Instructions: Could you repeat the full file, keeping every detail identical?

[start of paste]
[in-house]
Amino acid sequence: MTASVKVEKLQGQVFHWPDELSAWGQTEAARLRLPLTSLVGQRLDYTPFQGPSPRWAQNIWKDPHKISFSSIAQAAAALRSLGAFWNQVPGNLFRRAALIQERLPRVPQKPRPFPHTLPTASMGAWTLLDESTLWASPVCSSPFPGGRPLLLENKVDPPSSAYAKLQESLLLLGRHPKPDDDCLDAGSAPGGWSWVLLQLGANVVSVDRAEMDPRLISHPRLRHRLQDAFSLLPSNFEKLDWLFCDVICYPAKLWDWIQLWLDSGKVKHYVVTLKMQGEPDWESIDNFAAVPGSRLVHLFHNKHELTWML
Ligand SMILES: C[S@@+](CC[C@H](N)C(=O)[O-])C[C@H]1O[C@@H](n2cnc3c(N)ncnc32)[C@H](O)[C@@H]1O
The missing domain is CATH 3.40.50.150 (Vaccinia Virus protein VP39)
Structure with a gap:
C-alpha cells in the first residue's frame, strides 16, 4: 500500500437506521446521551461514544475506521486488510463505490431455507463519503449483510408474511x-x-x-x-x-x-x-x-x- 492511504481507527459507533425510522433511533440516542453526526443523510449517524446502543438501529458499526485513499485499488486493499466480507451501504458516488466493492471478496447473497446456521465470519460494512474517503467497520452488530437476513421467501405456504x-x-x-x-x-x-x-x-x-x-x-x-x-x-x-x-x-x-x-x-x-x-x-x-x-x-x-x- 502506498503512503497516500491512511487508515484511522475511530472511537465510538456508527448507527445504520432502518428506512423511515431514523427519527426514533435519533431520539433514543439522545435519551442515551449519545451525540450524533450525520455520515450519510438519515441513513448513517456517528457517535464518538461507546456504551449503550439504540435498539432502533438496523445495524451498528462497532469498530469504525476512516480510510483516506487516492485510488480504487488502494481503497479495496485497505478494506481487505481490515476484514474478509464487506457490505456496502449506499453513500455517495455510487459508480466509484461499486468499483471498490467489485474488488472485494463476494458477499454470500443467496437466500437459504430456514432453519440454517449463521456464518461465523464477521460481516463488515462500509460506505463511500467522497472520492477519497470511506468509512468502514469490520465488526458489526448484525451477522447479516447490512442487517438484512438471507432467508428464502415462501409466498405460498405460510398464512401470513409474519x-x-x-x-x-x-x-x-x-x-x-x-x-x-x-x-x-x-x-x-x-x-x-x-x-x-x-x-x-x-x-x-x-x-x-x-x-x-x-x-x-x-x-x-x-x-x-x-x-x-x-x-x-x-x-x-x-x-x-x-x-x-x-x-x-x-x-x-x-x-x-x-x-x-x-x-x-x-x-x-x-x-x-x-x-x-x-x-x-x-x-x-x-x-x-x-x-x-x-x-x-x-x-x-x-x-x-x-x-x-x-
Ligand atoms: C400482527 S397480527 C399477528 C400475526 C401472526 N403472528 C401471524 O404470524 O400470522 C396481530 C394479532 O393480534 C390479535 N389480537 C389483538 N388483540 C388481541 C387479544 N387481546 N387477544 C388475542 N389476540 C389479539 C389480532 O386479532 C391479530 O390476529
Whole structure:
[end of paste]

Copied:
[in-house]
Amino acid sequence: MTASVKVEKLQGQVFHWPDELSAWGQTEAARLRLPLTSLVGQRLDYTPFQGPSPRWAQNIWKDPHKISFSSIAQAAAALRSLGAFWNQVPGNLFRRAALIQERLPRVPQKPRPFPHTLPTASMGAWTLLDESTLWASPVCSSPFPGGRPLLLENKVDPPSSAYAKLQESLLLLGRHPKPDDDCLDAGSAPGGWSWVLLQLGANVVSVDRAEMDPRLISHPRLRHRLQDAFSLLPSNFEKLDWLFCDVICYPAKLWDWIQLWLDSGKVKHYVVTLKMQGEPDWESIDNFAAVPGSRLVHLFHNKHELTWML
Ligand SMILES: C[S@@+](CC[C@H](N)C(=O)[O-])C[C@H]1O[C@@H](n2cnc3c(N)ncnc32)[C@H](O)[C@@H]1O
The missing domain is CATH 3.40.50.150 (Vaccinia Virus protein VP39)
Structure with a gap:
C-alpha cells in the first residue's frame, strides 16, 4: 500500500437506521446521551461514544475506521486488510463505490431455507463519503449483510408474511x-x-x-x-x-x-x-x-x- 492511504481507527459507533425510522433511533440516542453526526443523510449517524446502543438501529458499526485513499485499488486493499466480507451501504458516488466493492471478496447473497446456521465470519460494512474517503467497520452488530437476513421467501405456504x-x-x-x-x-x-x-x-x-x-x-x-x-x-x-x-x-x-x-x-x-x-x-x-x-x-x-x- 502506498503512503497516500491512511487508515484511522475511530472511537465510538456508527448507527445504520432502518428506512423511515431514523427519527426514533435519533431520539433514543439522545435519551442515551449519545451525540450524533450525520455520515450519510438519515441513513448513517456517528457517535464518538461507546456504551449503550439504540435498539432502533438496523445495524451498528462497532469498530469504525476512516480510510483516506487516492485510488480504487488502494481503497479495496485497505478494506481487505481490515476484514474478509464487506457490505456496502449506499453513500455517495455510487459508480466509484461499486468499483471498490467489485474488488472485494463476494458477499454470500443467496437466500437459504430456514432453519440454517449463521456464518461465523464477521460481516463488515462500509460506505463511500467522497472520492477519497470511506468509512468502514469490520465488526458489526448484525451477522447479516447490512442487517438484512438471507432467508428464502415462501409466498405460498405460510398464512401470513409474519x-x-x-x-x-x-x-x-x-x-x-x-x-x-x-x-x-x-x-x-x-x-x-x-x-x-x-x-x-x-x-x-x-x-x-x-x-x-x-x-x-x-x-x-x-x-x-x-x-x-x-x-x-x-x-x-x-x-x-x-x-x-x-x-x-x-x-x-x-x-x-x-x-x-x-x-x-x-x-x-x-x-x-x-x-x-x-x-x-x-x-x-x-x-x-x-x-x-x-x-x-x-x-x-x-x-x-x-x-x-x-
Ligand atoms: C400482527 S397480527 C399477528 C400475526 C401472526 N403472528 C401471524 O404470524 O400470522 C396481530 C394479532 O393480534 C390479535 N389480537 C389483538 N388483540 C388481541 C387479544 N387481546 N387477544 C388475542 N389476540 C389479539 C389480532 O386479532 C391479530 O390476529
Whole structure: